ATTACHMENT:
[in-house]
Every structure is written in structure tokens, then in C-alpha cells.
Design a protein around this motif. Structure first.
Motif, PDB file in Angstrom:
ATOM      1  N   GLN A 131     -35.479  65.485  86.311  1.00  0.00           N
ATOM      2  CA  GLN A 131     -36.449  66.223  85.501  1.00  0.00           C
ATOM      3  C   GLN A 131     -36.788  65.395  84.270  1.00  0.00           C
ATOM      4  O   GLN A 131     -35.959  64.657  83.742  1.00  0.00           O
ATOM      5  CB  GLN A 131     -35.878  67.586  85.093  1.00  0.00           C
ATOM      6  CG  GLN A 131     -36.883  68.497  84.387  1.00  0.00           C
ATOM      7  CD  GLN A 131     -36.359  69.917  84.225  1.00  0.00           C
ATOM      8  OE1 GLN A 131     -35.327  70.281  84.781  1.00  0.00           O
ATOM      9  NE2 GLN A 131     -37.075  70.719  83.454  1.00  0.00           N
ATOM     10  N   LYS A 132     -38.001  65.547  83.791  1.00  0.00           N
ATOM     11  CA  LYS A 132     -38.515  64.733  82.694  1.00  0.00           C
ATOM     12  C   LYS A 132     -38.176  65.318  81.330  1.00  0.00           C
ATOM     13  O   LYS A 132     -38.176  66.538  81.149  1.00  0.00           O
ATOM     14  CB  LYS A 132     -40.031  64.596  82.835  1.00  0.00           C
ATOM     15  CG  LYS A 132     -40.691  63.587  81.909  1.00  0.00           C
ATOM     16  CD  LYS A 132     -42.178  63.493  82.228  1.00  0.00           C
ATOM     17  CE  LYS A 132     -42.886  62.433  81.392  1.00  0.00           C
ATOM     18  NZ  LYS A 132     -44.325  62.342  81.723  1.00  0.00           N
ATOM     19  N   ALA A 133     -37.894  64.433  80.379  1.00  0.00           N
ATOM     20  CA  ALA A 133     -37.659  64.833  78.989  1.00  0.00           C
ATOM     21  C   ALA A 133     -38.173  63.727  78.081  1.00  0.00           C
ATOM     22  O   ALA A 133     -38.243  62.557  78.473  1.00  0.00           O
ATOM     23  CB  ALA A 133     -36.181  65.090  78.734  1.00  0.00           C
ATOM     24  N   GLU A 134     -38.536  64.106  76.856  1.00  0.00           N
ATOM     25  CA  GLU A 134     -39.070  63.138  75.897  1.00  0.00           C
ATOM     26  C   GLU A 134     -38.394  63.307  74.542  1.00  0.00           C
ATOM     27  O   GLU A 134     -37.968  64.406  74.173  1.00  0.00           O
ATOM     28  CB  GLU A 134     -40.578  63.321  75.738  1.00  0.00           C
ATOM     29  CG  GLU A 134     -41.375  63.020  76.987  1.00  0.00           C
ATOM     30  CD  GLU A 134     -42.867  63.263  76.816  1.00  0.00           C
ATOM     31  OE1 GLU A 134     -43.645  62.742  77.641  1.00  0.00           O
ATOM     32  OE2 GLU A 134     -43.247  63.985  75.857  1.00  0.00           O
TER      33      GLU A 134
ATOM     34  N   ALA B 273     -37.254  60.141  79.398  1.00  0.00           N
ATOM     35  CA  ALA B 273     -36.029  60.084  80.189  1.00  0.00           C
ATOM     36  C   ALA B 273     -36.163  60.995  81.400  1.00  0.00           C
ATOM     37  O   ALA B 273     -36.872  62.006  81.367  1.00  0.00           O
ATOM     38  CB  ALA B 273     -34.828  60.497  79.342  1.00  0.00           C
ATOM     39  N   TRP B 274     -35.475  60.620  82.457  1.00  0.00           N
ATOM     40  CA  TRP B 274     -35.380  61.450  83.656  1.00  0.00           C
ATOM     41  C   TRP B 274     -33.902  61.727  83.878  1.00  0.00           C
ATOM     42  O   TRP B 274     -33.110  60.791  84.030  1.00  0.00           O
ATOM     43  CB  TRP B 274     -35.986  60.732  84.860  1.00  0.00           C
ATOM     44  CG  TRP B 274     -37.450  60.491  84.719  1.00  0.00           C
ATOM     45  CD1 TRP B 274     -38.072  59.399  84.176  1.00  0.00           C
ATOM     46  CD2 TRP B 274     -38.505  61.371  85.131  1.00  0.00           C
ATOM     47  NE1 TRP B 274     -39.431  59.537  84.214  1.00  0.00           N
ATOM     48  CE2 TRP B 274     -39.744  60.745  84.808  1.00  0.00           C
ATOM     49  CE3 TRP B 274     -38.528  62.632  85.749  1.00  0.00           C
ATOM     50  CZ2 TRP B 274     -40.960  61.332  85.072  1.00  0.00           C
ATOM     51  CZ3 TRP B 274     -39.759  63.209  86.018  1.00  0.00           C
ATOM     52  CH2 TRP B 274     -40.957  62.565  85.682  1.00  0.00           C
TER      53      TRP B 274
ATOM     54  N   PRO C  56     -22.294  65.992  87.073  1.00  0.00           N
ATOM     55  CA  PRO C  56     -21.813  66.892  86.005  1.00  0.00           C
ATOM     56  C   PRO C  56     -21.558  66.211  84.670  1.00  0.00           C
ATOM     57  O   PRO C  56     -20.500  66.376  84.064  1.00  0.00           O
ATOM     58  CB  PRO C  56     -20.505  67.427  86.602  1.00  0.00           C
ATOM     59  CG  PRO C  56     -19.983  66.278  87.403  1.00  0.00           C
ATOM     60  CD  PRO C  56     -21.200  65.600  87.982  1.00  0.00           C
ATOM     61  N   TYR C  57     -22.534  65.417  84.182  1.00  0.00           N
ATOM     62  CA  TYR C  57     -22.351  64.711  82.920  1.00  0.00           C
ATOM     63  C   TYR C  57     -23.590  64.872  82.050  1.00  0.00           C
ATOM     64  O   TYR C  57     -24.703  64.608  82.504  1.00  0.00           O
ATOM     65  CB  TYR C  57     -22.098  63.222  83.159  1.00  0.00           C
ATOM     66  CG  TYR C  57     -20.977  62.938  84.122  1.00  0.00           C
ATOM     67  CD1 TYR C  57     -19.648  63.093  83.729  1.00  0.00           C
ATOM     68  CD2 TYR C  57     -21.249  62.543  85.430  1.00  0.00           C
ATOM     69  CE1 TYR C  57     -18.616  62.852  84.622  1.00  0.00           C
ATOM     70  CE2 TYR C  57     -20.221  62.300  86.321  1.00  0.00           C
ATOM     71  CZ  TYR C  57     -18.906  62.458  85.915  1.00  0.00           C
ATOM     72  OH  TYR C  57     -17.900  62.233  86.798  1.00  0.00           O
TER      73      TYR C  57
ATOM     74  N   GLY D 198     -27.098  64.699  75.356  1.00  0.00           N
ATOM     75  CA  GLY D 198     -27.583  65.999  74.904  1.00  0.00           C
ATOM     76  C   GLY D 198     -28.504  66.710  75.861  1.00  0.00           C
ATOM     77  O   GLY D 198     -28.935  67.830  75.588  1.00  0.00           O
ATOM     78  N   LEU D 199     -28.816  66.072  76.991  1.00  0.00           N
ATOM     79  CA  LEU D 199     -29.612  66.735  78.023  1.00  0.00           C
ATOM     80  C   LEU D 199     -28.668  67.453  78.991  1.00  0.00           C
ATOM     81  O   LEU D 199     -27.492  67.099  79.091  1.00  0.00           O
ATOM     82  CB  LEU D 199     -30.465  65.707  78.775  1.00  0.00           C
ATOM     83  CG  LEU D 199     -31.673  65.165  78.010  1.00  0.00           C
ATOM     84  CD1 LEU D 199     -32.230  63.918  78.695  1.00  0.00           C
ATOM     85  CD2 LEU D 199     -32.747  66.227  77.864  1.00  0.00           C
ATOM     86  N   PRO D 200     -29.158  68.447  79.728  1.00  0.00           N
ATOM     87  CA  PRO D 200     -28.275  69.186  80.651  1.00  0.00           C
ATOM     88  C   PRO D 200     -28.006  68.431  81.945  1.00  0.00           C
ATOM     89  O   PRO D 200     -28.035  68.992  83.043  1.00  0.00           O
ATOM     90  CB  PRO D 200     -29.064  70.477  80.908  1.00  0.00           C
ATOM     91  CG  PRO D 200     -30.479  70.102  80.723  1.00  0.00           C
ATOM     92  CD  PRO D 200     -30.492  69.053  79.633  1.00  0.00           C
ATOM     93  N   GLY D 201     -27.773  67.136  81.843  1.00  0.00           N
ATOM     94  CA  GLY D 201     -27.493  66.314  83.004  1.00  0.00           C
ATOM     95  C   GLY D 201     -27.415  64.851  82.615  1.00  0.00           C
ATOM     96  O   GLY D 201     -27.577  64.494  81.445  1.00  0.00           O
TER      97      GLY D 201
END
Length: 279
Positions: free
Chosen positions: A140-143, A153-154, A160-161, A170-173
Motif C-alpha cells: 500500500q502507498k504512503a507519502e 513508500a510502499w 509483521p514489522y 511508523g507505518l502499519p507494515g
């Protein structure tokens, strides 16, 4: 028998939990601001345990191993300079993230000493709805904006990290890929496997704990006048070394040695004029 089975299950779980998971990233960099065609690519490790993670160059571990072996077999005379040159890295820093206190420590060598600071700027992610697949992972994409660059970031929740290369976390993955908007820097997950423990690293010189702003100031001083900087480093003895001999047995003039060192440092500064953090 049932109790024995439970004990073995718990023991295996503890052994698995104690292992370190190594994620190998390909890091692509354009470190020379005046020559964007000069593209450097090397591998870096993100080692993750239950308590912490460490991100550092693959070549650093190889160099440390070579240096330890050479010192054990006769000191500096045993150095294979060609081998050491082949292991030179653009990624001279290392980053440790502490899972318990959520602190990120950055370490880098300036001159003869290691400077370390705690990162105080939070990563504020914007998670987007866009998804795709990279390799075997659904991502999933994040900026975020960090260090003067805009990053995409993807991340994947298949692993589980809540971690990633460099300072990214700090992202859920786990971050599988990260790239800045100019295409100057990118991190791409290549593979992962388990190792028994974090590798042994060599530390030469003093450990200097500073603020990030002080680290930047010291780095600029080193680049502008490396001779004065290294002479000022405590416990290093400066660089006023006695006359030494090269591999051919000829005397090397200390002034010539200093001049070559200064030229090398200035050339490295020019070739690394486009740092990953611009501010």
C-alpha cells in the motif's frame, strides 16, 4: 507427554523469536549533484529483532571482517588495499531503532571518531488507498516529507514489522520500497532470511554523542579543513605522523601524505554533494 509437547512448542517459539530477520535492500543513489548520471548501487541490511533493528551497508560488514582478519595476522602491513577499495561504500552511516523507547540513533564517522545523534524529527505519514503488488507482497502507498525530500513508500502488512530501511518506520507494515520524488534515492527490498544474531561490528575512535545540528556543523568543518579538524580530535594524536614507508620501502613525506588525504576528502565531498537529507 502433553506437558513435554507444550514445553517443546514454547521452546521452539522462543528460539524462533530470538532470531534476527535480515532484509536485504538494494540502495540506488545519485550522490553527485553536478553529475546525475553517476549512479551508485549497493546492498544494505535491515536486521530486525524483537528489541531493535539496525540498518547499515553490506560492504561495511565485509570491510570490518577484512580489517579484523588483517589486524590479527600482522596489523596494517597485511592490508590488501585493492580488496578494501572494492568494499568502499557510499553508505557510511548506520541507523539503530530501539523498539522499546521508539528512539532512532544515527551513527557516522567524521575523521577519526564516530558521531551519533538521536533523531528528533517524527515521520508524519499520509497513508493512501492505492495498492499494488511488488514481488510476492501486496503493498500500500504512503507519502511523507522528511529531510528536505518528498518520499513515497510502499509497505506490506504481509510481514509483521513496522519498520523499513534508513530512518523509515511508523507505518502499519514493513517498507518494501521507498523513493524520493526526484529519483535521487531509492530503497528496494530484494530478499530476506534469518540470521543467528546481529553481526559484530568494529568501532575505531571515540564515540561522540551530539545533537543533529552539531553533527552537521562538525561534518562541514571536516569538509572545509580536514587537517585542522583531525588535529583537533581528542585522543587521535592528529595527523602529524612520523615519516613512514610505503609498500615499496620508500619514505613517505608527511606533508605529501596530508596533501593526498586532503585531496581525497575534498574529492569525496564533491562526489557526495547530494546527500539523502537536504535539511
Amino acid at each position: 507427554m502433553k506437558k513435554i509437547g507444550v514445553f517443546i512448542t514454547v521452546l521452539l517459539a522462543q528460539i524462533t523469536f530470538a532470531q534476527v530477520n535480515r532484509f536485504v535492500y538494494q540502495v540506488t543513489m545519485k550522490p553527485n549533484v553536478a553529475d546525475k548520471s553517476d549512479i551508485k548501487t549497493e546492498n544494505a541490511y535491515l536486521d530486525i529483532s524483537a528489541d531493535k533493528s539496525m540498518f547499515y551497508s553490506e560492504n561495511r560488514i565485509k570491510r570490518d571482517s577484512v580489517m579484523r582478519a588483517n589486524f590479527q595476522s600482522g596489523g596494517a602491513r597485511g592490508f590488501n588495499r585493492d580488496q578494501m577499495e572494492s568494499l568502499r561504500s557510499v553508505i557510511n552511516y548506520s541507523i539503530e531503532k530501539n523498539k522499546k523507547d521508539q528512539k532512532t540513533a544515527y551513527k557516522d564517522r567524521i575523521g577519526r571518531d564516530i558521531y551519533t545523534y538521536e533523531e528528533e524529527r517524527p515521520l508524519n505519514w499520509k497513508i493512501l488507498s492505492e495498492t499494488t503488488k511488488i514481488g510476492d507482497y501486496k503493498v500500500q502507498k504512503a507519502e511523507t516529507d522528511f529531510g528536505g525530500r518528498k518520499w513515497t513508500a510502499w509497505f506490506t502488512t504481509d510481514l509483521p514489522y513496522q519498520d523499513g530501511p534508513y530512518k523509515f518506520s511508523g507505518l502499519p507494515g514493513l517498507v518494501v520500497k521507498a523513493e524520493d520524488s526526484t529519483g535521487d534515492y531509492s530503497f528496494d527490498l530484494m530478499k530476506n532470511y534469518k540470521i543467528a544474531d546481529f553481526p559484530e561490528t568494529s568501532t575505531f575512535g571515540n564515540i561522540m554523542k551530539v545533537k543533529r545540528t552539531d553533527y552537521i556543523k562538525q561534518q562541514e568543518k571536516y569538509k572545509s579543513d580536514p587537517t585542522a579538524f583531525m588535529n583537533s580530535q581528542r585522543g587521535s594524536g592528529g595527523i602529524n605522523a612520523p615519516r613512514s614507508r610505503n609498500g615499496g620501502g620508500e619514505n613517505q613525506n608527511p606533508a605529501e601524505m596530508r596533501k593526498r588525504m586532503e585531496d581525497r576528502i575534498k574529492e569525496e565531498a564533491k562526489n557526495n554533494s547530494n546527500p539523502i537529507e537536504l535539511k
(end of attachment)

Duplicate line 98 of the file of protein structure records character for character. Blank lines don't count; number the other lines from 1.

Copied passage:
ATOM     94  CA  GLY D 201     -27.493  66.314  83.004  1.00  0.00           C